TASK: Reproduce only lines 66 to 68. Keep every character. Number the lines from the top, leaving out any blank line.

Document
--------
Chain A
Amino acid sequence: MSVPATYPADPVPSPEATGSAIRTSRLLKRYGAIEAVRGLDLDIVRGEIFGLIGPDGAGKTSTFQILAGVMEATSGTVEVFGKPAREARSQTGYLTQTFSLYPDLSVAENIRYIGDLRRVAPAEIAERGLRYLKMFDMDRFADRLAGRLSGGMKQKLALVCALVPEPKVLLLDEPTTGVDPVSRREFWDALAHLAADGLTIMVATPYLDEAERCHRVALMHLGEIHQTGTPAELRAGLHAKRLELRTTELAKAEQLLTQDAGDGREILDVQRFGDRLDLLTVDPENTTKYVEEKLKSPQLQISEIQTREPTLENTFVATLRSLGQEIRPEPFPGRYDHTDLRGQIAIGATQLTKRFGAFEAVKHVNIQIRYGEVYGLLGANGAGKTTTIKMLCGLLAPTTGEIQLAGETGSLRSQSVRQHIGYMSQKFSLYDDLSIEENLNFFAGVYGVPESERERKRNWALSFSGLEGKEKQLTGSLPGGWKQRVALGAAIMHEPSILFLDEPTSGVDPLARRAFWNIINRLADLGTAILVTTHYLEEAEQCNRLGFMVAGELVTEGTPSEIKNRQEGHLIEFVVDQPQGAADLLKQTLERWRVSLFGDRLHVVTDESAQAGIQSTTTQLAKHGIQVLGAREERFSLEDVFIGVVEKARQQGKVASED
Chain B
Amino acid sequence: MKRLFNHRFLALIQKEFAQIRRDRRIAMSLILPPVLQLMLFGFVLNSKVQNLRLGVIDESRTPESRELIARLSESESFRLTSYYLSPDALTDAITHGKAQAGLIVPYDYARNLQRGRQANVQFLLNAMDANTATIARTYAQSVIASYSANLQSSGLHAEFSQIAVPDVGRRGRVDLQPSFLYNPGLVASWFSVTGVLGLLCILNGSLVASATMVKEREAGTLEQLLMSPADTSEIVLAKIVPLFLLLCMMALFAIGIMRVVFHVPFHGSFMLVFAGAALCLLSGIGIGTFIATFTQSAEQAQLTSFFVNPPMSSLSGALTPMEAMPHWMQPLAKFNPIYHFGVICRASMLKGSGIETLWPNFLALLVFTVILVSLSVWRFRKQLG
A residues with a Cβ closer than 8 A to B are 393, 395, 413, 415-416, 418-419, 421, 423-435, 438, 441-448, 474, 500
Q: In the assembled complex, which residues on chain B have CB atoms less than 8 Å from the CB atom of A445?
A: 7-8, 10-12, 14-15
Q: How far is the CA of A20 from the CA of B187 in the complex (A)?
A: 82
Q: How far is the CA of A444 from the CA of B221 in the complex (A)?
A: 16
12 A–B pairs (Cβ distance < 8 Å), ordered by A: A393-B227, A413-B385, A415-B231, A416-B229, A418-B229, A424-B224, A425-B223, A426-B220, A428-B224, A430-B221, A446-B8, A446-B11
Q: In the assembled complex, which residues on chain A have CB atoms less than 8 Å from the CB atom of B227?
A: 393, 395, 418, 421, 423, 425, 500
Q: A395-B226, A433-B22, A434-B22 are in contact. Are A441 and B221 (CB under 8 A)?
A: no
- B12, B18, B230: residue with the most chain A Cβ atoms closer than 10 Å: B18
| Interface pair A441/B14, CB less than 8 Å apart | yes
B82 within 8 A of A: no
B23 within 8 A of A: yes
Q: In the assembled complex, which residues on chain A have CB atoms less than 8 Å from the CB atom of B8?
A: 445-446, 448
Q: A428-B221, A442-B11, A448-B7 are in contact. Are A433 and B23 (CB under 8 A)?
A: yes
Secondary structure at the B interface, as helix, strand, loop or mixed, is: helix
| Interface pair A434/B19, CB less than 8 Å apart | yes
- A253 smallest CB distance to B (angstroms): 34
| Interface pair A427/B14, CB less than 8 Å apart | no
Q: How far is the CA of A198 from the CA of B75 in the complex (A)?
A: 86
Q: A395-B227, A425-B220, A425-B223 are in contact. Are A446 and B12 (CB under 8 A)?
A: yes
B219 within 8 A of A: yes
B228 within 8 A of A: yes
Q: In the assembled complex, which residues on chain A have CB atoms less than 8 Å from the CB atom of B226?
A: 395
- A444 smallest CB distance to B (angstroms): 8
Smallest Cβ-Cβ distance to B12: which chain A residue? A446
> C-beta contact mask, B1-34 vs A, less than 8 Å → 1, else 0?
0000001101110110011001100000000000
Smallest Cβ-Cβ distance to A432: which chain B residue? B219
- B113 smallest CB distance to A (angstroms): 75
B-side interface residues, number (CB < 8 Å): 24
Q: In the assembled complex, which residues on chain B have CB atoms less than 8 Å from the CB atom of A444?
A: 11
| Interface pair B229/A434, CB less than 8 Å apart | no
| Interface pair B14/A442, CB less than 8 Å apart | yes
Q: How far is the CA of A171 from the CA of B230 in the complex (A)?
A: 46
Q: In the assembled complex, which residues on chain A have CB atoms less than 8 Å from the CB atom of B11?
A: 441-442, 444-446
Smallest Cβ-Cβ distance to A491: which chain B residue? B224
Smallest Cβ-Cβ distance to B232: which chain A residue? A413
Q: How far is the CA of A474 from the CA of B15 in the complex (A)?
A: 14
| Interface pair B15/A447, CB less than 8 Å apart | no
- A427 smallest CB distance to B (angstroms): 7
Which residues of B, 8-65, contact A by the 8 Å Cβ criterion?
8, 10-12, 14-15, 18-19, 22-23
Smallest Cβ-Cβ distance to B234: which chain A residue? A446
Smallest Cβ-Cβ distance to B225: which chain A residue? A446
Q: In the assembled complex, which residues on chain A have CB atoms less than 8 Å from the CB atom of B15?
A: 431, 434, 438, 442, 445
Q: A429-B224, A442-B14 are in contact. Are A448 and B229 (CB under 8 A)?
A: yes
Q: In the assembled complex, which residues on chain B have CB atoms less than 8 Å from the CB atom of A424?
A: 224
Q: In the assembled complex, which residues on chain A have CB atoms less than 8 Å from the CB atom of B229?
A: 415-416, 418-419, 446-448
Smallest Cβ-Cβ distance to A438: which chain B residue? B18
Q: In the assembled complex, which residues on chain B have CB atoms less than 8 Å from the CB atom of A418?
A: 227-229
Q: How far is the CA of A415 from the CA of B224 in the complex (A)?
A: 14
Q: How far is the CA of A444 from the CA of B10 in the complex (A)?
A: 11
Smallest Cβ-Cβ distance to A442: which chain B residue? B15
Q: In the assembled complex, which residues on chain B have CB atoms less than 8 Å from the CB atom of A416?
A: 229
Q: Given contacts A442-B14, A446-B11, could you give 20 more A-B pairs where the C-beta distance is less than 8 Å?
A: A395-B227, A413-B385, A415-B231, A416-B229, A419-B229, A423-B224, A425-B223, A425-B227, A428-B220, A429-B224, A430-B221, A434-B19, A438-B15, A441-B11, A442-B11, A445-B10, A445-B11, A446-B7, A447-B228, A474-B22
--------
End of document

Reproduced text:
Q: In the assembled complex, which residues on chain B have CB atoms less than 8 Å from the CB atom of A424?
A: 224
Q: In the assembled complex, which residues on chain A have CB atoms less than 8 Å from the CB atom of B229?